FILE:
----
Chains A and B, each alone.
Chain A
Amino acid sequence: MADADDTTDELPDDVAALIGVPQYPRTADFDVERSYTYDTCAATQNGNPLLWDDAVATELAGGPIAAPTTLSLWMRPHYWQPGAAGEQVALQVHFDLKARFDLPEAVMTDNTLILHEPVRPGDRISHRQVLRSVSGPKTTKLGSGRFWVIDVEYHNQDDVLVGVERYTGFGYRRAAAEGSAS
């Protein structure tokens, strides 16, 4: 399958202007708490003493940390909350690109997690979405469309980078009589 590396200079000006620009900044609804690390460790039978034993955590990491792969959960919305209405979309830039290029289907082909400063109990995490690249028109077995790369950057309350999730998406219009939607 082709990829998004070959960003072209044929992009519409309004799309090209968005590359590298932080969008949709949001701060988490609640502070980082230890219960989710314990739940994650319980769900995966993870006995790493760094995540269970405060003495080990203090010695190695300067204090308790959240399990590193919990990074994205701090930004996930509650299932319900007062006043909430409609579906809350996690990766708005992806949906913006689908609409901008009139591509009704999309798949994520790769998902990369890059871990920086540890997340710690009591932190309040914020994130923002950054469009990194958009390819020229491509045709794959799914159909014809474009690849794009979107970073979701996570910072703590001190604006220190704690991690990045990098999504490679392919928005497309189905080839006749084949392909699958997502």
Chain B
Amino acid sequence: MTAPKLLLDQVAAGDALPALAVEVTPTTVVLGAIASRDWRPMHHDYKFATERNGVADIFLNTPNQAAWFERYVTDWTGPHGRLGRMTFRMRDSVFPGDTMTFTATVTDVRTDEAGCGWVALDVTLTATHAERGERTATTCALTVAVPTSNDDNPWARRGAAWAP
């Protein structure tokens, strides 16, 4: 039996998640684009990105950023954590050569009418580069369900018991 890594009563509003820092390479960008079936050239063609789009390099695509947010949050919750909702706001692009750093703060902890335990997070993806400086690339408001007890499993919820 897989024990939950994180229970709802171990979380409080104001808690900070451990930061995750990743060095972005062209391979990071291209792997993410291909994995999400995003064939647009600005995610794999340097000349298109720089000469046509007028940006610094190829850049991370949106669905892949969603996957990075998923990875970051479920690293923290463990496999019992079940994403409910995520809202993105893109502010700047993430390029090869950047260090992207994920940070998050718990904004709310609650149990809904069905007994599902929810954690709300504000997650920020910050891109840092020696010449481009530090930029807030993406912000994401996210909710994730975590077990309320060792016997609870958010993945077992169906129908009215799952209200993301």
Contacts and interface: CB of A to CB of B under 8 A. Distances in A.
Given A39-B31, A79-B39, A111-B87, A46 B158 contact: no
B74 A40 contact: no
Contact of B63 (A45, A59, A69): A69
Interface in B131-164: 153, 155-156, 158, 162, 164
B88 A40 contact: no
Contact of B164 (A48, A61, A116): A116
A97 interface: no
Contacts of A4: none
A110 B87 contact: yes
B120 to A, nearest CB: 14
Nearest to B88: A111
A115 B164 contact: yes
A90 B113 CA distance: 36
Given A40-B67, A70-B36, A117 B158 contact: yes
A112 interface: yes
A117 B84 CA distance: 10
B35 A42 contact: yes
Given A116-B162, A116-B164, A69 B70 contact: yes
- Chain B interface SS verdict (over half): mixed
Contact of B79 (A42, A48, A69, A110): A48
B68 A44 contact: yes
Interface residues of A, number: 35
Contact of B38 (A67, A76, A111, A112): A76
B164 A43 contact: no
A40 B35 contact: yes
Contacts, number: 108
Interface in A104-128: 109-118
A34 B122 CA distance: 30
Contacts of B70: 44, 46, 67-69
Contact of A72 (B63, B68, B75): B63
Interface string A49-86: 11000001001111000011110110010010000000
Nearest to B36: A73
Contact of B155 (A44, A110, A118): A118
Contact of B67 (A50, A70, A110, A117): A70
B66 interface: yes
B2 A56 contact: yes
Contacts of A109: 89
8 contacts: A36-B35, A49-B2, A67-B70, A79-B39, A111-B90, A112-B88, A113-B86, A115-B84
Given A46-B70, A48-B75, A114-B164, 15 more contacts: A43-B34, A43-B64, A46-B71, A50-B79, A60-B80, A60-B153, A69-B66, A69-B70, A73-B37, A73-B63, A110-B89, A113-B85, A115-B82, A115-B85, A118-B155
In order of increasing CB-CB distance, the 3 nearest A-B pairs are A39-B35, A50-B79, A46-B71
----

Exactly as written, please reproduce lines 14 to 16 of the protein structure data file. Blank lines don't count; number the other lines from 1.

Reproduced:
Contact of B164 (A48, A61, A116): A116
A97 interface: no
Contacts of A4: none